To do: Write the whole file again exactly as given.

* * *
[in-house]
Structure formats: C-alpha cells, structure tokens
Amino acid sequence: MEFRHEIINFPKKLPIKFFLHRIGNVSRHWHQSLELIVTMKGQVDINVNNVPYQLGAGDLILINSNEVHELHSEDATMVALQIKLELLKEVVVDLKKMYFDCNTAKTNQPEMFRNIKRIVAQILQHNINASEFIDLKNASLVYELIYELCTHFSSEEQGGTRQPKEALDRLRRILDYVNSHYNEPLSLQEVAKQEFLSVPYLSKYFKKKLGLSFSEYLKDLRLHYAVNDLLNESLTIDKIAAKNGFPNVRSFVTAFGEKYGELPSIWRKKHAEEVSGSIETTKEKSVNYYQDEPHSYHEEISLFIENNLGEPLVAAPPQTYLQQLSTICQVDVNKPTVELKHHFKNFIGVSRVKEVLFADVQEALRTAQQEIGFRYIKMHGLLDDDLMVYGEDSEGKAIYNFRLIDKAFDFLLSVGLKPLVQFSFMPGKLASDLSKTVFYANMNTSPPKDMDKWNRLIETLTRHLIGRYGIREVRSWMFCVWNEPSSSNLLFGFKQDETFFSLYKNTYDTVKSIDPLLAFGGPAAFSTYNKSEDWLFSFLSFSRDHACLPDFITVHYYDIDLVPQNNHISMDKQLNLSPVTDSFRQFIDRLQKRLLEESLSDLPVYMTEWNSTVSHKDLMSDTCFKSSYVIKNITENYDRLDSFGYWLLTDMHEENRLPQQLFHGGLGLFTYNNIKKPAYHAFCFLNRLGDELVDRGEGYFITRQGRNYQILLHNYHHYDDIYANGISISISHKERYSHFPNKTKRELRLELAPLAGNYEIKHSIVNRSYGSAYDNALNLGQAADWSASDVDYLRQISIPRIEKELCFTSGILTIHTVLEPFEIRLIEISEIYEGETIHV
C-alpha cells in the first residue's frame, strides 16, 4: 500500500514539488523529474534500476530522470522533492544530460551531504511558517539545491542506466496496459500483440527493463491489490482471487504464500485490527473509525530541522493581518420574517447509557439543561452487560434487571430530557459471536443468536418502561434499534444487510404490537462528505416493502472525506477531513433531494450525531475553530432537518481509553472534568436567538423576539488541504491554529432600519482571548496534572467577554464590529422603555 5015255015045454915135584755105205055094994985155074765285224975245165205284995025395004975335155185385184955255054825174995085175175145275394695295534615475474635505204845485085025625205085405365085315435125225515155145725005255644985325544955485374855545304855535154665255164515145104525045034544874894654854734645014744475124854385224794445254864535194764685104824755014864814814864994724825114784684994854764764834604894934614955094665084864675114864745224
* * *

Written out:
[in-house]
Structure formats: C-alpha cells, structure tokens
Amino acid sequence: MEFRHEIINFPKKLPIKFFLHRIGNVSRHWHQSLELIVTMKGQVDINVNNVPYQLGAGDLILINSNEVHELHSEDATMVALQIKLELLKEVVVDLKKMYFDCNTAKTNQPEMFRNIKRIVAQILQHNINASEFIDLKNASLVYELIYELCTHFSSEEQGGTRQPKEALDRLRRILDYVNSHYNEPLSLQEVAKQEFLSVPYLSKYFKKKLGLSFSEYLKDLRLHYAVNDLLNESLTIDKIAAKNGFPNVRSFVTAFGEKYGELPSIWRKKHAEEVSGSIETTKEKSVNYYQDEPHSYHEEISLFIENNLGEPLVAAPPQTYLQQLSTICQVDVNKPTVELKHHFKNFIGVSRVKEVLFADVQEALRTAQQEIGFRYIKMHGLLDDDLMVYGEDSEGKAIYNFRLIDKAFDFLLSVGLKPLVQFSFMPGKLASDLSKTVFYANMNTSPPKDMDKWNRLIETLTRHLIGRYGIREVRSWMFCVWNEPSSSNLLFGFKQDETFFSLYKNTYDTVKSIDPLLAFGGPAAFSTYNKSEDWLFSFLSFSRDHACLPDFITVHYYDIDLVPQNNHISMDKQLNLSPVTDSFRQFIDRLQKRLLEESLSDLPVYMTEWNSTVSHKDLMSDTCFKSSYVIKNITENYDRLDSFGYWLLTDMHEENRLPQQLFHGGLGLFTYNNIKKPAYHAFCFLNRLGDELVDRGEGYFITRQGRNYQILLHNYHHYDDIYANGISISISHKERYSHFPNKTKRELRLELAPLAGNYEIKHSIVNRSYGSAYDNALNLGQAADWSASDVDYLRQISIPRIEKELCFTSGILTIHTVLEPFEIRLIEISEIYEGETIHV
C-alpha cells in the first residue's frame, strides 16, 4: 500500500514539488523529474534500476530522470522533492544530460551531504511558517539545491542506466496496459500483440527493463491489490482471487504464500485490527473509525530541522493581518420574517447509557439543561452487560434487571430530557459471536443468536418502561434499534444487510404490537462528505416493502472525506477531513433531494450525531475553530432537518481509553472534568436567538423576539488541504491554529432600519482571548496534572467577554464590529422603555 5015255015045454915135584755105205055094994985155074765285224975245165205284995025395004975335155185385184955255054825174995085175175145275394695295534615475474635505204845485085025625205085405365085315435125225515155145725005255644985325544955485374855545304855535154665255164515145104525045034544874894654854734645014744475124854385224794445254864535194764685104824755014864814814864994724825114784684994854764764834604894934614955094665084864675114864745224